Posts tagged ‘Moore Law’

Engineering Intuition and The Media

I don't really want to ridicule Kevin Drum here for thinking out loud.  I really hate partisan Conservative and Liberal team-politics blogs, but I read a few to stay out of the echo chamber, and Drum is smarter and incrementally more objective (a relative thing) than most.

But this is really terrible, awful engineering intuition:

These two things together reminded me about an energy factoid that's always struck me as slightly odd: virtually every form of energy seems to be almost as efficient as burning oil, but not quite.

For example, on either a power/weight basis or a cost basis, batteries are maybe 2x or 3x bigger and less efficient than an internal combustion engine. Not 50x or 100x. Just barely less efficient. And you see the same thing in electricity generation. Depending on how you do the accounting, nuclear power is maybe about as efficient as an oil-fired plant, or maybe 2x or 3x less efficient. Ditto for solar. And for wind. And geothermal. And tidal power.

I'm just noodling vaguely here. Maybe there's an obvious thermodynamic explanation that I'm missing. It's just that I wouldn't be surprised if there were lots of ways of generating energy that were all over the map efficiency-wise. But why are there lots of ways of generating energy that are all surprisingly similar efficiency-wise? In the great scheme of things, a difference of 2x or 3x is practically invisible.

First, we have to translate a bit.  He mentions power to weight ratios for batteries in the second paragraph.  In fact, batteries have terrible power (actually energy storage) to weight ratios vs. fossil fuels, much worse than 2-3x for energy storage per unit of weight or volume.  That is why gasoline is still the transportation energy source of choice, because very few things short of plutonium have so much potential energy locked up in so little volume.  But I will assume he is comparing an entire electric drive system compared to a gasoline drive system (including not just energy storage but the drive itself) and in this case the power to weight ratios are indeed closer.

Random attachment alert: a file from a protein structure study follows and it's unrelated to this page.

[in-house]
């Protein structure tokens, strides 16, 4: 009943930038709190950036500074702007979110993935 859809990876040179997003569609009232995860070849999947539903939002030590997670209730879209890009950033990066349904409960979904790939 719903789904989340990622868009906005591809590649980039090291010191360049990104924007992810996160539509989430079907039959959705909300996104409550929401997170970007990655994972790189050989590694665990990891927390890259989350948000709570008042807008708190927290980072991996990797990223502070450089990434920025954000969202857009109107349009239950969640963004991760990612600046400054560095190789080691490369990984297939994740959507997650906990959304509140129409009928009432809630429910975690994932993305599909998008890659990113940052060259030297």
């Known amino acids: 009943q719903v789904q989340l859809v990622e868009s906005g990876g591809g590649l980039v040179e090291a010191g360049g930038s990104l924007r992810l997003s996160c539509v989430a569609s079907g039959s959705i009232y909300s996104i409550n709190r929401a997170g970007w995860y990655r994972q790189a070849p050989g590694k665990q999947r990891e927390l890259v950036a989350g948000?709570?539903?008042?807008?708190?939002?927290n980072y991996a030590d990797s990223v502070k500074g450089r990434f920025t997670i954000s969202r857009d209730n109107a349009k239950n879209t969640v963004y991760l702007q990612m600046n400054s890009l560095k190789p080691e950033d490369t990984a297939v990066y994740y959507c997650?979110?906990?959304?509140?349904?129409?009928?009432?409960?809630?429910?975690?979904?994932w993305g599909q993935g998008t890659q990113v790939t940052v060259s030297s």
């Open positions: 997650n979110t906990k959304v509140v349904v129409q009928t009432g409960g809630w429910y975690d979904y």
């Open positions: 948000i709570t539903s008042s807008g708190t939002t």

But here is the problem:  in engineering, a 2-3x difference in most anything -- strength, energy efficiency, whatever -- is a really big deal.  It's the difference between 15 and 45 MPG.   Perhaps this is Moore's Law corrupting our intuition.  We see electronic equipment becoming twice as powerful every 18 months, and we start to assume that 2x is not that much of a difference.

But this is why Moore's Law is so much discussed, because of its very uniqueness.  In most fields, engineers tinker for decades for incremental improvements, sometimes in the single digit percentages.

The fact that alternative energy supporters feel like their preferred technologies are just so close, meaning they are only 2x-3x less efficient than current technologies, explains a lot about why we skeptics of these technologies have a hard time getting through to them.

Vista Still Sucks, But I Actually Found A Mac I Kindof Liked

Now, I won't argue that Vista will someday not suck - after all, give an infinite number of monkeys $30 billion a year in cash flow and they'll code Shakespeare.  Or whatever.  But I have to agree with this post by Glenn Reynolds that Vista is still not ready for prime time.  Now, I wrote this same conclusion over a half year ago, but incredibly, no updates of any seriousness have been issued.  It is still the mess it was then, and Moore's Law has yet to catch up to make the average machine run it acceptably  (particularly with laptops).   When I set up the dual boot back to XP on my kid's laptop, I did not make the XP partition large enough because my kids absolutely refuse to install anything on the Vista partition, which they use only because that is where MS Office is installed.